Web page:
W3C home > Mailing lists > Public > whatwg@whatwg.org > June 2011

[whatwg] Extensible microdata attributes

From: Tab Atkins Jr. <jackalmage@gmail.com>
Date: Mon, 13 Jun 2011 11:32:35 -0700
Message-ID: <BANLkTi=WLzs2sXv4FBk289Z6LZZxqxeFdy5ggrH0TZnngXw9CQ@mail.gmail.com>
On Mon, Jun 13, 2011 at 2:29 AM, Brett Zamir <brettz9 at yahoo.com> wrote:
> Thanks, that's helpful. Still would be nice to have item-* though...

Well, your idea for custom item-* attributes is just a way to more
concisely embed triples of non-visible data.  You already have a
mechanism for embedding non-visible triples (<meta> or <link>), so the
new method needs some decent benefits to justify the duplication of
functionality.

Additionally, while we recognize that non-visible data is sometimes
necessary to embed, we'd like to discourage its use as much as
possible (in general, non-visible data rots much faster).  One way to
do that is to make the syntax slightly cumbersome or ugly - when you
really need it, you can use it, but your aesthetic sense will keep it
from being the first tool you reach for.  So, making it easier or
prettier to embed non-visible triples is actually something we'd like
to avoid if we can.


>> Note, though, that Microdata or RDFa may not be quite appropriate for
>> this kind of thing. ?You're not marking up data triples for later
>> extraction as independent data - you're doing in-band annotations of
>> the document itself. ?As such, a different mechanism may be more
>> appropriate, such as your original design of using a custom markup
>> language in XML, or using custom attributes in HTML. ?There's no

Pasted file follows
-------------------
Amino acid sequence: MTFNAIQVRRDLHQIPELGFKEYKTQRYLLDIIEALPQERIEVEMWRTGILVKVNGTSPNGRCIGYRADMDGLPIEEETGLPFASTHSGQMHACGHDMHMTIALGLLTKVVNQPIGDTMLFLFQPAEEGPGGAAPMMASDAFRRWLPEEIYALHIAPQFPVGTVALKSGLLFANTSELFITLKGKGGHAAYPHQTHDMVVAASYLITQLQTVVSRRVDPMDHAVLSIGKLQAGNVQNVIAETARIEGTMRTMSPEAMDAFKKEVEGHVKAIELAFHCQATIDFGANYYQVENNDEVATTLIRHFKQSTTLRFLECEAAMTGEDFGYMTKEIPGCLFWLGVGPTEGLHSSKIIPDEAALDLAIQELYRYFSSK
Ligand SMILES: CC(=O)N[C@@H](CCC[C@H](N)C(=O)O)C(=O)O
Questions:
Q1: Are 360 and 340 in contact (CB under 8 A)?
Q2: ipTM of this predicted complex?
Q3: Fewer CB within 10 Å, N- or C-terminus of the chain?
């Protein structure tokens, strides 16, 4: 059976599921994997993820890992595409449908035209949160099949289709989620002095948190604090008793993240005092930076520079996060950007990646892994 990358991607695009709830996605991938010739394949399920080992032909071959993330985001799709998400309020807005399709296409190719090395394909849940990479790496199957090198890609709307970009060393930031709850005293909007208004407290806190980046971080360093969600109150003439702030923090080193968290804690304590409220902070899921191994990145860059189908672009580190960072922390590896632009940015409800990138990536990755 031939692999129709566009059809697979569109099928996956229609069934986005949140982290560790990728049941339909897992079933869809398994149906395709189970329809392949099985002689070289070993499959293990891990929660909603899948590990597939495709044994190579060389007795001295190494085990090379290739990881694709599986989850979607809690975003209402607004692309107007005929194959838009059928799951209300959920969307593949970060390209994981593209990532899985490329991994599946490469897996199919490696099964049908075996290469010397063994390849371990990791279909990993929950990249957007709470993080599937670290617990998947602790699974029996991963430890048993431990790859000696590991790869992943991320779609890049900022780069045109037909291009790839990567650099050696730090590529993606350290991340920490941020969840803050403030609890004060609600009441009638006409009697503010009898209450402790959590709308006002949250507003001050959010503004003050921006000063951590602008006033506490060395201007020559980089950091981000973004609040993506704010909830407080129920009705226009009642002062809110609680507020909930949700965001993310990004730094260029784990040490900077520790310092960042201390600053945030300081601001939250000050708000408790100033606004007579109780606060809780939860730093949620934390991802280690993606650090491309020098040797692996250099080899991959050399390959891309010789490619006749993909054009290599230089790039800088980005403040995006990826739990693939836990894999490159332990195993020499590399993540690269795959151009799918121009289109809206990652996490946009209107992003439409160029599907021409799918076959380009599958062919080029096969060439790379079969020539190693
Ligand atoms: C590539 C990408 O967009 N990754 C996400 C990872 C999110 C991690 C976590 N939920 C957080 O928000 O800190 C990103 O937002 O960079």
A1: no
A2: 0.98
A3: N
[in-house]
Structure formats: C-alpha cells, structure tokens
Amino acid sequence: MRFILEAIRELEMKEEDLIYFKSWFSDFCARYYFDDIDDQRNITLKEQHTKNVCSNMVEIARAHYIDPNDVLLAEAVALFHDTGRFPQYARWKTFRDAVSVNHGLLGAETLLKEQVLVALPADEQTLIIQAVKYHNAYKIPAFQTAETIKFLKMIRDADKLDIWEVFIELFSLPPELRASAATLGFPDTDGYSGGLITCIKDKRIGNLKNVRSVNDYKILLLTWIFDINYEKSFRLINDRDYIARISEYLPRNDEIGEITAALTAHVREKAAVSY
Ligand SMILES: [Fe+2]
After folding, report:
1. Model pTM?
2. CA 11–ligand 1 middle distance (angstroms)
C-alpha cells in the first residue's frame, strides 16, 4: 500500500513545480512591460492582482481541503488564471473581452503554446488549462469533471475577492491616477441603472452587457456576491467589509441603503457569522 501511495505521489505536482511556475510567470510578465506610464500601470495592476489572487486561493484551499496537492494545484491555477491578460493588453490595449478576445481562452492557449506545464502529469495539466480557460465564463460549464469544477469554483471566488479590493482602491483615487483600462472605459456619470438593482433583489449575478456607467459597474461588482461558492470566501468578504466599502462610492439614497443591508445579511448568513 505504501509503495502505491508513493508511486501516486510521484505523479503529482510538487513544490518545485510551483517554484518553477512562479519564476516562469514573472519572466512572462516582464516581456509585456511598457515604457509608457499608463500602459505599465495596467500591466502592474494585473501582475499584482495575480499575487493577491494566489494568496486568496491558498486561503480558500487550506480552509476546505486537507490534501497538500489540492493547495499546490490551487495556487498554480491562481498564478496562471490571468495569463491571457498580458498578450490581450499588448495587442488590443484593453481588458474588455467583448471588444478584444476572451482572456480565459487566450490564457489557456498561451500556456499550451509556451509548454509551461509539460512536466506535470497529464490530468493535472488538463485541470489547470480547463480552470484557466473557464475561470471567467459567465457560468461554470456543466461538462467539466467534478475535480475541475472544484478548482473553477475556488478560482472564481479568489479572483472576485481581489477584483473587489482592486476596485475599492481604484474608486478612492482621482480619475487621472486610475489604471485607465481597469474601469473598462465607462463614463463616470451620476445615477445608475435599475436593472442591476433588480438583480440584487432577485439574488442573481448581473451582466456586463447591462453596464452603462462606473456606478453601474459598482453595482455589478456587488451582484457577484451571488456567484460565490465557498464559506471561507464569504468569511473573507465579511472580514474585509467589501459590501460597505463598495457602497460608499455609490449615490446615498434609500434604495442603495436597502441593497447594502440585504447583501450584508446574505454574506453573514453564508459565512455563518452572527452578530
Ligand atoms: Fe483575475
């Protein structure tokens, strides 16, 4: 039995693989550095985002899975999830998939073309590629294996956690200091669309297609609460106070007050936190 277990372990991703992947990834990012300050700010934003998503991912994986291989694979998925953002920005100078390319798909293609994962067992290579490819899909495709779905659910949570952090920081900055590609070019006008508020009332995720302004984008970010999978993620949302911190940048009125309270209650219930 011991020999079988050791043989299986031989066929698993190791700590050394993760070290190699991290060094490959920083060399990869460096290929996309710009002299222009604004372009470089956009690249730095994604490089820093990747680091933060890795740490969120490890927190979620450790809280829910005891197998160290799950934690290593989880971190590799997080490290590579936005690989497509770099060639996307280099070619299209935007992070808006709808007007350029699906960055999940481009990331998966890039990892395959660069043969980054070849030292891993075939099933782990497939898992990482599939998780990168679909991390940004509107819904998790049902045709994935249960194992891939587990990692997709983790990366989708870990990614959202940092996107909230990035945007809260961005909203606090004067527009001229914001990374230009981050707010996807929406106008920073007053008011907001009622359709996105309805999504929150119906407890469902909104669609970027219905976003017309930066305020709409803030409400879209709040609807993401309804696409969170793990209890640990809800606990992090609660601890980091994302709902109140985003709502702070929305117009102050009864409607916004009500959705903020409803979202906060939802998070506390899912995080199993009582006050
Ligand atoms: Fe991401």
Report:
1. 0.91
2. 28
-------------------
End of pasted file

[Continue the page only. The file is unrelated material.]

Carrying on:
>> particular reason for these sorts of things to be readable by
>> arbitrary robots; it's sufficient to design for ones that know exactly
>> what they're reading and looking for.
>
> With the likes of Google offering Microdata-aware searches, I think it makes
> a whole lot of sense to allow rich documents such as TEI ones to enter as
> regular document citizens of the web, whereby the limited resources of such
> specialized semantic communities can leverage the general purpose and
> better-supported services such as Google's Microdata tool, while also having
> their documents editable within the likes of WYSIWYG HTML text editors, and
> stored on sites such as discussion forums or wikis where only HTML may be
> allowed and supported.
>
> I think such a focus would also enable the TEI community to benefit from
> reusing search-engine-recognized schemas where available, as well as helping
> the web community build new schemas for the unique needs of encoding
> academic texts.

I haven't yet looked into TEI's metadata scheme, but is the TEI
metadata actually something that needs to be known to search engines?
The one example you've presented in your emails, annotating that some
parts of a transcription were water-damaged (and thus presumably
possibly inaccurate?), isn't something useful for search engines, but
only for humans looking at the document as a whole.

If most of the other metadata is similar, then the only reason to use
Microdata is to potentially make it easier to read/embed data via
Microdata-aware WYSIWYG editors (are there any?).  Or, possibly, to
use Microdata-extraction tools.  Is it useful to, for example, extract
all the water-damaged text from a document, minus the context in which
it appeared?

Otherwise, one might as well just use data-* attributes to mark up
triples directly on the subjects.  That would give you most of the
benefits with much less verbosity and more direct linkages between
data and metadata.  It would also be somewhat easier to style with
CSS:

<span data-tei-damage="water">
   Some water damaged words
</span>

span[data-tei-damage=water] {
 ...
}

~TJ
Received on Monday, 13 June 2011 11:32:35 UTC

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